21 September 2016
, “Overcoming Islamophobia” workshop, led by Catherine Orsborn, Director of the Shoulder to Shoulder Campaign in Washington, D.C. ( The workshop will center on the overlapping issues of Islamophobia, anti-refugee movements, and anti-immigrant sentiments. Ms. Orsborn will lead students, faculty, staff, and community members in recognizing and critiquing pervasive forms of Islamophobia, and will discuss effective interfaith strategies to counter anti-Muslim discourse at the national, regional and local levels. Workshop is hosted by UCCS Office of Diversity and Inclusion’s Dialogue – Moving Forward through Violent Times series, #uccsmovingforward.
Event Hosts and Sponsors
* UCCS Office of Diversity and Inclusion
* UCCS College of Letters, Arts, and Sciences
* UCCS School of Public Affairs
* The UCCS Global Intercultural Research Center (GLINT) is an interdisciplinary unit of the University of Colorado Colorado Springs that supports faculty-sponsored global intercultural scholarship, (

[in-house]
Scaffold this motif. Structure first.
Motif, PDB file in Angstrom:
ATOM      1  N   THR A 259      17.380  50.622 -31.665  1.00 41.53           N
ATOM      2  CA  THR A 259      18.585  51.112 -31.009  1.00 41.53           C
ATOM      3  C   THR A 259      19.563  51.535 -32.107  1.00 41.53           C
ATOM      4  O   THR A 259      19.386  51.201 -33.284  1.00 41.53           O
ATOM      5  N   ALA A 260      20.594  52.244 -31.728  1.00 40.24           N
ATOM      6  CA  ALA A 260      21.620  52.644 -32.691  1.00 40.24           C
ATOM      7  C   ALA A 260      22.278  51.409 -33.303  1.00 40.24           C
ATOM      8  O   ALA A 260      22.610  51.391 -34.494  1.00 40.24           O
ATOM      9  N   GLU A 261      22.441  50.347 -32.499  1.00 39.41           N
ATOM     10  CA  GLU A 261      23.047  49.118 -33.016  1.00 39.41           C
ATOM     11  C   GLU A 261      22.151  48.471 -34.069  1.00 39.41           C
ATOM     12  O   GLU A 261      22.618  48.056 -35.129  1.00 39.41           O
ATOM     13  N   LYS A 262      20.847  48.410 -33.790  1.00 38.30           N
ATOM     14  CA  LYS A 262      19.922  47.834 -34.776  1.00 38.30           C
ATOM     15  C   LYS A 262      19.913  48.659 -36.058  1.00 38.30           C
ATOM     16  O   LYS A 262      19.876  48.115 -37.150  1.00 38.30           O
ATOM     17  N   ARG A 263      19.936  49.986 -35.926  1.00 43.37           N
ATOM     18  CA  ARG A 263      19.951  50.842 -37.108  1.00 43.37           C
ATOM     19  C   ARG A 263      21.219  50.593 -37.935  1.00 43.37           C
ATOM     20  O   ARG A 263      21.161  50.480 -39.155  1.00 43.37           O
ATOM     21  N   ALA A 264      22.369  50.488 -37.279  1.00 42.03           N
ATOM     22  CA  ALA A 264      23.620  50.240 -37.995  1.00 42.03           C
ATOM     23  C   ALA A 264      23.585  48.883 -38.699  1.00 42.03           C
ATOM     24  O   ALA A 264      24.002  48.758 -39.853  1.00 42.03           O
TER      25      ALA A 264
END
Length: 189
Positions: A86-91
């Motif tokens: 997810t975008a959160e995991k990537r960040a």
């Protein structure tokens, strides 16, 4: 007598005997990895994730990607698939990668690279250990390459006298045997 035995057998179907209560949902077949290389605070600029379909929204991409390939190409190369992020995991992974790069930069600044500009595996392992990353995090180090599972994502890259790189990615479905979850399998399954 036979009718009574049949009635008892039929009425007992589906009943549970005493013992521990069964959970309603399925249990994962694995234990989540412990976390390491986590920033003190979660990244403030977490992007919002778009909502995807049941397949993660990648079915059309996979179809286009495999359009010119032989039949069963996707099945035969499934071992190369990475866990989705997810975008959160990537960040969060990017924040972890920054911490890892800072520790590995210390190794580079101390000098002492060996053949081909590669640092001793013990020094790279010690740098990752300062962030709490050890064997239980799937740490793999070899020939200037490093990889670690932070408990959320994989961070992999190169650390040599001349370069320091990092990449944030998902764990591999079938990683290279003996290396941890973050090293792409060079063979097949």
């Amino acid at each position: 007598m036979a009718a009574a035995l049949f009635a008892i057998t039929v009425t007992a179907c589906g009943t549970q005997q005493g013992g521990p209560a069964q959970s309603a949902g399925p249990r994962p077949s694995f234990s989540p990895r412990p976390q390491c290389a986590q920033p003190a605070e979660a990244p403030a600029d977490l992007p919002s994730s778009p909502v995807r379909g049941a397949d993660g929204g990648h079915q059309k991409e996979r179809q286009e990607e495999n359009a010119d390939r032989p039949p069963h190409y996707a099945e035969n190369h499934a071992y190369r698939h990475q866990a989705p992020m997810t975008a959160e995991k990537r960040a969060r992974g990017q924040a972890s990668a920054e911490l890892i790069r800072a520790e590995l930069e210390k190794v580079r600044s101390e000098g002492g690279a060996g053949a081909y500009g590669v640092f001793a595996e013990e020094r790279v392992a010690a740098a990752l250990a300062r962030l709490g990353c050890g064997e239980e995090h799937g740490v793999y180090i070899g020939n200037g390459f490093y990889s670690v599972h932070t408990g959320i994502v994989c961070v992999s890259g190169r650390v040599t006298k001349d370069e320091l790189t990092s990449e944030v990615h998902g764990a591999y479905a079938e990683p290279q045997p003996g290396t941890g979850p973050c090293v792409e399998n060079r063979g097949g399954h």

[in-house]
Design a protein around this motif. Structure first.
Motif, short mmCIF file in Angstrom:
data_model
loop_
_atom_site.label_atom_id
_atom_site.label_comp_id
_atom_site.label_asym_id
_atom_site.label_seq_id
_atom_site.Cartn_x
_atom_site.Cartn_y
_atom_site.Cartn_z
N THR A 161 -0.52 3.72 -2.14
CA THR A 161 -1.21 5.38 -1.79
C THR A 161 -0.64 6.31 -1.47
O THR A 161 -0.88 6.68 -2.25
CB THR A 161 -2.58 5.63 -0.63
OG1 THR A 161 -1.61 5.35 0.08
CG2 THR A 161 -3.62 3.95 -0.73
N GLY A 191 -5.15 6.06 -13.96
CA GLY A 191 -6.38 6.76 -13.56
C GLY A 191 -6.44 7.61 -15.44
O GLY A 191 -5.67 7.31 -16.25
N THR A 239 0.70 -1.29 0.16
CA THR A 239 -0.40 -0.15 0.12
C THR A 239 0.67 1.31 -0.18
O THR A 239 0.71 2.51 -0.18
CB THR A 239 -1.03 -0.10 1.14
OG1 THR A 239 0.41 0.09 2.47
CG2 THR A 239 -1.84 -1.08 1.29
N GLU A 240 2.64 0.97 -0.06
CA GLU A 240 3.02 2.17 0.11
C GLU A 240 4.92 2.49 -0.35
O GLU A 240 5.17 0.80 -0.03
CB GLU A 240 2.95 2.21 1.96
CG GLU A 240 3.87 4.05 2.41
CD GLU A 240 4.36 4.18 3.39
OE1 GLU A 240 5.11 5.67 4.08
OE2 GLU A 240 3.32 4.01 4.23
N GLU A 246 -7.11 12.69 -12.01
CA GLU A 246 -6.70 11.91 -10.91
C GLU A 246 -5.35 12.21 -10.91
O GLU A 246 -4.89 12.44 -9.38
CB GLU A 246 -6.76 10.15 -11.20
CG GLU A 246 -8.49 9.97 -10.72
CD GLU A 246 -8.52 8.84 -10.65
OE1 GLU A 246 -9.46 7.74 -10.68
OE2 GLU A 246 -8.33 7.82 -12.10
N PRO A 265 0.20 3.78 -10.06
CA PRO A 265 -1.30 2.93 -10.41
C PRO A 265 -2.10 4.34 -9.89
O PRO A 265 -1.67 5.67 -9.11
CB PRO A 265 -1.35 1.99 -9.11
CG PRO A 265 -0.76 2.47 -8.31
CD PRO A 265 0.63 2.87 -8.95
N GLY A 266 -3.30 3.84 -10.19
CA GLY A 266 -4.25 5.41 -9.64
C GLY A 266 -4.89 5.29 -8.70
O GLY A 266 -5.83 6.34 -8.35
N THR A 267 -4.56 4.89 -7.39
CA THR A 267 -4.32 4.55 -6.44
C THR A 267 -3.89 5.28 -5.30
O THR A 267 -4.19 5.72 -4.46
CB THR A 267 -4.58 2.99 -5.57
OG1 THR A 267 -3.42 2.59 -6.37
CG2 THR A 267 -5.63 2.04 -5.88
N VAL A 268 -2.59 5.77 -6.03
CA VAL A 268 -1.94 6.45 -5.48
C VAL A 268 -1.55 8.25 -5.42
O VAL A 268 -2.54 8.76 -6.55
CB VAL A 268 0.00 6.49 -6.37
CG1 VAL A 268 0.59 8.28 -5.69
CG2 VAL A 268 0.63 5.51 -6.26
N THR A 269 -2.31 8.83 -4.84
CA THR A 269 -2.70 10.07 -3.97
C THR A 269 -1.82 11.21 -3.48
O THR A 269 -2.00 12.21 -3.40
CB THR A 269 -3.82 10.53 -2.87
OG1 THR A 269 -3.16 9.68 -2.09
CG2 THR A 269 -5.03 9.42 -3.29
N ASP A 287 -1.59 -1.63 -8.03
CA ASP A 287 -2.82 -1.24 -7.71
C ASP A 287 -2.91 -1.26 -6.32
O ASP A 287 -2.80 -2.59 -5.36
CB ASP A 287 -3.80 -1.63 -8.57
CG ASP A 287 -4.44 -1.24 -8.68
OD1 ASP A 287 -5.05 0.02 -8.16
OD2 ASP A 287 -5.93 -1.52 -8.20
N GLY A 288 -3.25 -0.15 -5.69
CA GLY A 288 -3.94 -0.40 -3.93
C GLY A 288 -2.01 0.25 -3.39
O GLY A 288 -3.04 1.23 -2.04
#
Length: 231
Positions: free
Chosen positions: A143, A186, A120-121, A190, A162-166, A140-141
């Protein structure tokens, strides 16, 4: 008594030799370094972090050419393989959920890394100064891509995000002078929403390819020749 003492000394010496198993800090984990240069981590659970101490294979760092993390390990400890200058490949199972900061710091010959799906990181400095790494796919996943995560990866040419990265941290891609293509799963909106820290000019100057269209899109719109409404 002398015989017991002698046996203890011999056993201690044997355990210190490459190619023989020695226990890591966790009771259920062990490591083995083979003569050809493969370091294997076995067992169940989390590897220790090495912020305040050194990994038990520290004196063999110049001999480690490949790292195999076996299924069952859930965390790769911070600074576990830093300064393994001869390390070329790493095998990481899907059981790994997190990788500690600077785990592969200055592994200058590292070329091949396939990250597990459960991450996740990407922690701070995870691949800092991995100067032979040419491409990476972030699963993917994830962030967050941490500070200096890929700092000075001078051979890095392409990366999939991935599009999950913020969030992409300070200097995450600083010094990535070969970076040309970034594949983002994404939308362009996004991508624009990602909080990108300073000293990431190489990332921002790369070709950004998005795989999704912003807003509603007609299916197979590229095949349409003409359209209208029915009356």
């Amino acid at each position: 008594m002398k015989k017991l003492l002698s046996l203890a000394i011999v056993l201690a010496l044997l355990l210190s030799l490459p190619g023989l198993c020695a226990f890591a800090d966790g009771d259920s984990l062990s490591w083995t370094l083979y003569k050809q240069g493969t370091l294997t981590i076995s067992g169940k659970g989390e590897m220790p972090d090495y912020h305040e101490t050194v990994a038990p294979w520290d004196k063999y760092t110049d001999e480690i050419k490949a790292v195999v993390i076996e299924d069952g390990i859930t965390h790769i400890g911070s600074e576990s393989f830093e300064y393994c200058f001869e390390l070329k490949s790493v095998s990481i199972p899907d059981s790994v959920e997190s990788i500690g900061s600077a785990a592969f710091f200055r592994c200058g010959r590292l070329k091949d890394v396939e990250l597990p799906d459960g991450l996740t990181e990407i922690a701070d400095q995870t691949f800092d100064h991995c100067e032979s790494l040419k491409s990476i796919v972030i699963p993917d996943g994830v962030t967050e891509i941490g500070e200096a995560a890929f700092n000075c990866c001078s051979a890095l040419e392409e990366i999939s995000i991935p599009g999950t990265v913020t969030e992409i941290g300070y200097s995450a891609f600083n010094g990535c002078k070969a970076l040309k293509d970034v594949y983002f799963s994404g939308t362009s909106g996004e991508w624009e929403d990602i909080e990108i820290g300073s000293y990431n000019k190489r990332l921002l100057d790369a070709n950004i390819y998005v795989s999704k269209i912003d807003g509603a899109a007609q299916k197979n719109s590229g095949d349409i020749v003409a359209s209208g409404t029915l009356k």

* The UCCS Center for Religious Diversity and Public Life ( aims to foster a healthy and fruitful relationship between the UCCS and the surrounding community on topics related to religious diversity and public life.
* Just Talk is the Kraemer Family Library’s new programming series that is designed to promote open and honest dialogue about equity, diversity, and inclusion on the UCCS campus and beyond, (
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Travel Course May-June 2017: Discovering Jane Austen

IMG_2313Departmental Instructor Janet Myers will be leading one of her famous travel classes to England next spring, May 23 to June 6, 2017 — and you get full 3-hour summer course credit. It can be taken for Humanities, History, or English credit.

Sites to be visited on this tour of Jane Austen’s literary and historical worlds include Winchester Cathedral; Chawton Cottage; Chawton Library; Dorchester; Lyme Regis; Tintern Abbey in Wales; Bath; the Jane Austen Centre in Bath, and many more!